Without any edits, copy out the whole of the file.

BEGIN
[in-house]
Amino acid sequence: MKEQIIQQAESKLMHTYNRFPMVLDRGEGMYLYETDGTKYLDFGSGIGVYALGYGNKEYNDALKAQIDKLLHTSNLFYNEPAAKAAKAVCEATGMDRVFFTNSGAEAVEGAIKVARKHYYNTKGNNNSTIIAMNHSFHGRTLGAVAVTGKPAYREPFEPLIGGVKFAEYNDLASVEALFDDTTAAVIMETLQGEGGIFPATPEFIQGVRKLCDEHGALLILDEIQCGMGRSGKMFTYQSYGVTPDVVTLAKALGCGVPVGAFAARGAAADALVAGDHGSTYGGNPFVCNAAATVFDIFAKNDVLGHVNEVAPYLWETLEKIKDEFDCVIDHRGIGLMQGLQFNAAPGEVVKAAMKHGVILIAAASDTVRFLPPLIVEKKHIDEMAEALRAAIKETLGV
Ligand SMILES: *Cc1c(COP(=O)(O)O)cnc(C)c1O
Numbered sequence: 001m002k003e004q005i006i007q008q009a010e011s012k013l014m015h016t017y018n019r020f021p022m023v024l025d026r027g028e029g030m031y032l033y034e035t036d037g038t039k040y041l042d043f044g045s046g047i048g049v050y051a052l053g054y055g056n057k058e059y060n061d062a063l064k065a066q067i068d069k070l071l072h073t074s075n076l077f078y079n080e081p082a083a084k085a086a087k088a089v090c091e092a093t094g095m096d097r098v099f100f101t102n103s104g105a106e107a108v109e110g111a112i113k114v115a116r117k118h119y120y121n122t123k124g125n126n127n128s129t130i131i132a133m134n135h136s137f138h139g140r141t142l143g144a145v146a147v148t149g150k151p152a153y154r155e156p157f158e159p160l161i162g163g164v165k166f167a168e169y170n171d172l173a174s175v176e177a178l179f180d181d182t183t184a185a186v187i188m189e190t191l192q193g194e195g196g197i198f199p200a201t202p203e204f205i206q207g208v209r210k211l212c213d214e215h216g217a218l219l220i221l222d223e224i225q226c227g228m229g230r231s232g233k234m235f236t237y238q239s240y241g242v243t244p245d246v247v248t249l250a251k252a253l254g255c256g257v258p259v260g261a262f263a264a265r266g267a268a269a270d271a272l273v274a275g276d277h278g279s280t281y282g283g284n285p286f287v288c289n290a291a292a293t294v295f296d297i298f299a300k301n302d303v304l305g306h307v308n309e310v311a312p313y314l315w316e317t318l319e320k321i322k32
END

[in-house]
Amino acid sequence: MKEQIIQQAESKLMHTYNRFPMVLDRGEGMYLYETDGTKYLDFGSGIGVYALGYGNKEYNDALKAQIDKLLHTSNLFYNEPAAKAAKAVCEATGMDRVFFTNSGAEAVEGAIKVARKHYYNTKGNNNSTIIAMNHSFHGRTLGAVAVTGKPAYREPFEPLIGGVKFAEYNDLASVEALFDDTTAAVIMETLQGEGGIFPATPEFIQGVRKLCDEHGALLILDEIQCGMGRSGKMFTYQSYGVTPDVVTLAKALGCGVPVGAFAARGAAADALVAGDHGSTYGGNPFVCNAAATVFDIFAKNDVLGHVNEVAPYLWETLEKIKDEFDCVIDHRGIGLMQGLQFNAAPGEVVKAAMKHGVILIAAASDTVRFLPPLIVEKKHIDEMAEALRAAIKETLGV
Ligand SMILES: *Cc1c(COP(=O)(O)O)cnc(C)c1O
Numbered sequence: 001m002k003e004q005i006i007q008q009a010e011s012k013l014m015h016t017y018n019r020f021p022m023v024l025d026r027g028e029g030m031y032l033y034e035t036d037g038t039k040y041l042d043f044g045s046g047i048g049v050y051a052l053g054y055g056n057k058e059y060n061d062a063l064k065a066q067i068d069k070l071l072h073t074s075n076l077f078y079n080e081p082a083a084k085a086a087k088a089v090c091e092a093t094g095m096d097r098v099f100f101t102n103s104g105a106e107a108v109e110g111a112i113k114v115a116r117k118h119y120y121n122t123k124g125n126n127n128s129t130i131i132a133m134n135h136s137f138h139g140r141t142l143g144a145v146a147v148t149g150k151p152a153y154r155e156p157f158e159p160l161i162g163g164v165k166f167a168e169y170n171d172l173a174s175v176e177a178l179f180d181d182t183t184a185a186v187i188m189e190t191l192q193g194e195g196g197i198f199p200a201t202p203e204f205i206q207g208v209r210k211l212c213d214e215h216g217a218l219l220i221l222d223e224i225q226c227g228m229g230r231s232g233k234m235f236t237y238q239s240y241g242v243t244p245d246v247v248t249l250a251k252a253l254g255c256g257v258p259v260g261a262f263a264a265r266g267a268a269a270d271a272l273v274a275g276d277h278g279s280t281y282g283g284n285p286f287v288c289n290a291a292a293t294v295f296d297i298f299a300k301n302d303v304l305g306h307v308n309e310v311a312p313y314l315w316e317t318l319e320k321i322k32